Boutique automaker Spyker has been declared bankrupt by a Dutch court after it failed to obtain bridge funding in time. The announcement puts an end to years of financial issues that intensified when Spyker ambitiously acquired Saab from General Motors in early 2010.
Details surrounding the deal are scarce but a brief statement published online explains the administrator that ran the company after it applied for protection from its creditors will now work as a receiver. The bulk of Spyker’s tangible assets will presumably be sold in order to pay off debts.
Before filing for bankruptcy, Spyker was trying to kick off production of the B6 Venator (pictured), a sleek coupe with an exquisite interior powered by a Lotus-sourced V6 engine. A convertible version of the B6 was also in the works, and Spyker was believed to be developing a crossover inspired by the eight-year old D8 Paris-to-Peking concept using cash received from a Chinese company called Youngman.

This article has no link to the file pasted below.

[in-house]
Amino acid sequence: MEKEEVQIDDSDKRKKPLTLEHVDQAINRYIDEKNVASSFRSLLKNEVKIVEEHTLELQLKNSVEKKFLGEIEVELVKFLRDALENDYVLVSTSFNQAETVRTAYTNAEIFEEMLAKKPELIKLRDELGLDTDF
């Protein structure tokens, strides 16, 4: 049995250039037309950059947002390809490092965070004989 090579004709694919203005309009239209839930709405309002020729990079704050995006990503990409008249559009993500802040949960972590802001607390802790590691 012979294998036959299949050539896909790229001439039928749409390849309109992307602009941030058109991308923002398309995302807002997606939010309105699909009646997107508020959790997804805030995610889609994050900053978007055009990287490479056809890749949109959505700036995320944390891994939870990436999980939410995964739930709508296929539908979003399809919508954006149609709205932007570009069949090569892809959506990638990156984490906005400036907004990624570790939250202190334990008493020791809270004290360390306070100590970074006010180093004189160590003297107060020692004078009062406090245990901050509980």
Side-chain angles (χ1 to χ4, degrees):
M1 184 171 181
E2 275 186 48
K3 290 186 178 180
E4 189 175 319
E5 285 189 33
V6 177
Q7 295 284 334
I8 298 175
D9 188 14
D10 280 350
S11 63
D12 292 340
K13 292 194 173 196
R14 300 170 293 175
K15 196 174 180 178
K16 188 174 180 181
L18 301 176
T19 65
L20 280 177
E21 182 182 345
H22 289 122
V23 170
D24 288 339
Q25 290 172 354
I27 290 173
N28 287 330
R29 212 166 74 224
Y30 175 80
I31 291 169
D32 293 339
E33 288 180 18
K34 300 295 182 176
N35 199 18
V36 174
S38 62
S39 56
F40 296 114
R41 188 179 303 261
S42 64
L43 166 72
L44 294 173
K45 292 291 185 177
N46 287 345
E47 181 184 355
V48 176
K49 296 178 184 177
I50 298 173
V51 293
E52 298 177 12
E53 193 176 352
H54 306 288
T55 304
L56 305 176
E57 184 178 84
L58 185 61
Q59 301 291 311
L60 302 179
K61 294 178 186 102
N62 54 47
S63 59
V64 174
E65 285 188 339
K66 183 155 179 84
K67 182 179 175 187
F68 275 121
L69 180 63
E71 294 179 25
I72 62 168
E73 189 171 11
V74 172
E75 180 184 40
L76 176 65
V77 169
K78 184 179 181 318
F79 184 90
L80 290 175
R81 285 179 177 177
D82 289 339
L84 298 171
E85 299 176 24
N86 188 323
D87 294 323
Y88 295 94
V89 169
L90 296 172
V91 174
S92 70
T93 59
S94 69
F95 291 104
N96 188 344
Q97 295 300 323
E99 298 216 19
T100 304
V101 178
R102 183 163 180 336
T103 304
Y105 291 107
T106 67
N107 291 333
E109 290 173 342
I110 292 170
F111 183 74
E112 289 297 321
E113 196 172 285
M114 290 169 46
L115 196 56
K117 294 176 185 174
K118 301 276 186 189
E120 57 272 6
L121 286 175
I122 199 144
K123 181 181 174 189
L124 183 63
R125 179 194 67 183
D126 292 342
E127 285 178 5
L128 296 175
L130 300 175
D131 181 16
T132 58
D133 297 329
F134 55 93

Related: Saab production grinds to a stop
Although Spyker appears to have reached the end of the road, CEO Victor Muller doggedly believes that the company has a bright future ahead of it.
“I will relentlessly endeavor to resurrect Spyker as soon as practically possible and, assuming we will be successful, pursue our goal to merge with a high performance electric aircraft manufacturer and develop revolutionary electric Spykers with disruptive sustainable technology,” explained the executive in a statement.